At this time of year, one of the most common pests we are called out for are Bees. Bees present an obvious hazard, they possess a nasty sting, have a defensive nature and will not hesitate to defend the hive with their lives when threatened. One or multiple stings can prove to be both very painful and if someone is allergic stings can be very serious or life threatening.
Bee Swarming – what to look for
From September through December, bees are literally on the move. This is known as the swarming season. Swarming is a natural part of the reproductive lifecycle of bees. The warmer weather and increases of nectar and pollen in the environment cause the colony to increase in population, leading to overcrowding of the hive. This over-population is what prompts the bees to begin to swarm and reproduce.
A swarm will usually commence during late morning to early afternoon when the weather is warm and sunny. The queen will leave the hive with on average half the bees from the colony. The swarm will usually come to rest in a cluster on reasonably nearby objects such as trees, shrubs and manmade objects such as signs, fences and buildings. The swarm will usually stay clustered it the desired area from anywhere between a few hours up to two days. During this time worker bees are sent to scout for a permanent nesting site. Once a suitable nesting site is found the swarm is informed and then moves to the designated site and establish a new colony.
This week, one of our technicians managed to take some photographs of a swarm clustered on a wall of a unit block in Smithfield. These bees had been in this position for about 24 hours prior to his arrival and will stay here until their scouts seek out a suitable site, then move on.
The bees swarm from the hive after gorging on honey which will sustain them during swarming stage. Because of this and the fact that they are currently homeless means that their defensive behaviour is reduced and generally are not aggressive. That being said, it is not advisable to interfere with them as provoking them will make them become increasingly defensive and aggressive.
Bee removal risks
Often we hear of people trying to get rid of these clusters of bees with their garden hoses or by throwing items at them and in the process being stung, sometimes multiple times. When bees are in this state, stay away from them and do not interfere with them. If you are presented with a swarm of bees it is extremely important that you leave them alone and contact a professional to assess the situation and take the appropriate measures that may be required. If there is a threat posed by these swarms they can be removed and relocated quite easily be a professional only. Do not attempt this yourself.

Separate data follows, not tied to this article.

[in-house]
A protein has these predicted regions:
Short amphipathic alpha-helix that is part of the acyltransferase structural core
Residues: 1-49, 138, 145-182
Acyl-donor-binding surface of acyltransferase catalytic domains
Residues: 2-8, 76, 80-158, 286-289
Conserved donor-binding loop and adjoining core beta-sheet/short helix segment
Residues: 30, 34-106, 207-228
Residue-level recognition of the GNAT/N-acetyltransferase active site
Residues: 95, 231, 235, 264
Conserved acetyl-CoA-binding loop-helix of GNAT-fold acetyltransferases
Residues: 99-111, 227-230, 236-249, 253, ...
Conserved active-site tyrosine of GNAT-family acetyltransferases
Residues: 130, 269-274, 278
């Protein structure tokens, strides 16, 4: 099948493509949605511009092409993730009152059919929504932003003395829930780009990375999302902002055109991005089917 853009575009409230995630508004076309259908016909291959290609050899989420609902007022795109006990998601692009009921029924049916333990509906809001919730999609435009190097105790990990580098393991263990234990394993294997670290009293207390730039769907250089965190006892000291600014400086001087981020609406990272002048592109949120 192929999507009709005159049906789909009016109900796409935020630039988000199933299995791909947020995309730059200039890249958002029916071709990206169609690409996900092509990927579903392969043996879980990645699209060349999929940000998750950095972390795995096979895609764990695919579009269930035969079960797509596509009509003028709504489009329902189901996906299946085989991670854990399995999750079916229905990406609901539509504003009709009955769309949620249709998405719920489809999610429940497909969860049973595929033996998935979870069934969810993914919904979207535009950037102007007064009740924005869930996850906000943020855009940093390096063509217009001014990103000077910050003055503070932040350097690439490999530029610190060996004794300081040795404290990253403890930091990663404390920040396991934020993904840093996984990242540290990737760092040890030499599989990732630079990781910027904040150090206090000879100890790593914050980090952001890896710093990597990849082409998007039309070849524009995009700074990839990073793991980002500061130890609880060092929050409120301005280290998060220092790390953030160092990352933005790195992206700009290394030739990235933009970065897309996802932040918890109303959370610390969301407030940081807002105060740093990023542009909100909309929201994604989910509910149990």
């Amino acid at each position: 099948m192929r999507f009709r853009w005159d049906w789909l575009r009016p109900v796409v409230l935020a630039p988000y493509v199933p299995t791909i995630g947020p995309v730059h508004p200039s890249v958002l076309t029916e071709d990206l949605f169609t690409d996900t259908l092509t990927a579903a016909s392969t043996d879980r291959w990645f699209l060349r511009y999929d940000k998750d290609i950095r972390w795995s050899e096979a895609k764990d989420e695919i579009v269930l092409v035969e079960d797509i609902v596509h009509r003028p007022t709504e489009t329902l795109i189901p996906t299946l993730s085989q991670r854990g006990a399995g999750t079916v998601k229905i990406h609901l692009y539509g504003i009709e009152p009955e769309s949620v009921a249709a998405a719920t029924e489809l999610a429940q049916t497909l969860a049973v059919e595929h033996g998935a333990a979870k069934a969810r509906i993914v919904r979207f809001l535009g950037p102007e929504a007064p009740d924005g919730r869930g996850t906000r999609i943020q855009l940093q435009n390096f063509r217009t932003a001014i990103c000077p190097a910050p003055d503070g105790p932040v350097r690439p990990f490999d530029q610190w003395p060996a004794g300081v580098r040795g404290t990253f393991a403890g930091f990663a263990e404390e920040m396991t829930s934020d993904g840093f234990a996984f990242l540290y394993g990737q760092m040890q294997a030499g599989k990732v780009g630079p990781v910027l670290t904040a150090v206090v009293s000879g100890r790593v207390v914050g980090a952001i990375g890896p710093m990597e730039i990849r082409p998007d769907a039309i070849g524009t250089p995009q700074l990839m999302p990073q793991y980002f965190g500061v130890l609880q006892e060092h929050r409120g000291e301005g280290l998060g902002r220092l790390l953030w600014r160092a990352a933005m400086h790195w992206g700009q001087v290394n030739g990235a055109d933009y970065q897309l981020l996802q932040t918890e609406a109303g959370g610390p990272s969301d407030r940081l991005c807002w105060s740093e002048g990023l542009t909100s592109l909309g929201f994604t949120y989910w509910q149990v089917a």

The swarm will find a suitable location, often within the external wall cavities of a building such as a school block, unit block or a house. Once established inside the cavity and will aggressively defend against threats to their new hive. Bees nesting in a wall can easily be identified as they will be seen flying around the area and landing on the wall and walking into the cavity via gaps such as vents, gaps around window/door frames, holes in external walls and the like. If this situation is encountered it is essential to contact Amalgamated Pest Control. We have purpose built equipment which allows our technicians to directly apply treatment into the wall and destroy the hive, removing the threat to you, your family and pets.
What to do if you are stung by bees
For any patient that is allergic to bee stings and shows signs of anaphylaxis, call 000 for an ambulance, and have the patient taken immediately to the emergency department of the nearest hospital.
If you or a family member are stung by bees, follow these general first aid steps:
- Remove stings by scraping sideways with your fingernail or with the edge of a knife.
- Apply a cold pack.
- Watch for allergic reactions – breathing difficulties, rashes, itching, or swelling around the mouth or eyelids.
If an allergic reaction takes place call 000 for an ambulance.
- Observe and record pulse and breathing.
- If casualty is carrying medication for the allergy it should be taken at once.
- If conscious: help casualty to sit in a position which most relieves breathing difficulty.
- If unconscious: open and clear casualty’s airway and prepare to resuscitate if necessary.
If you need bee removal, please contact your Amalgamated Pest Control Sydney for further advice.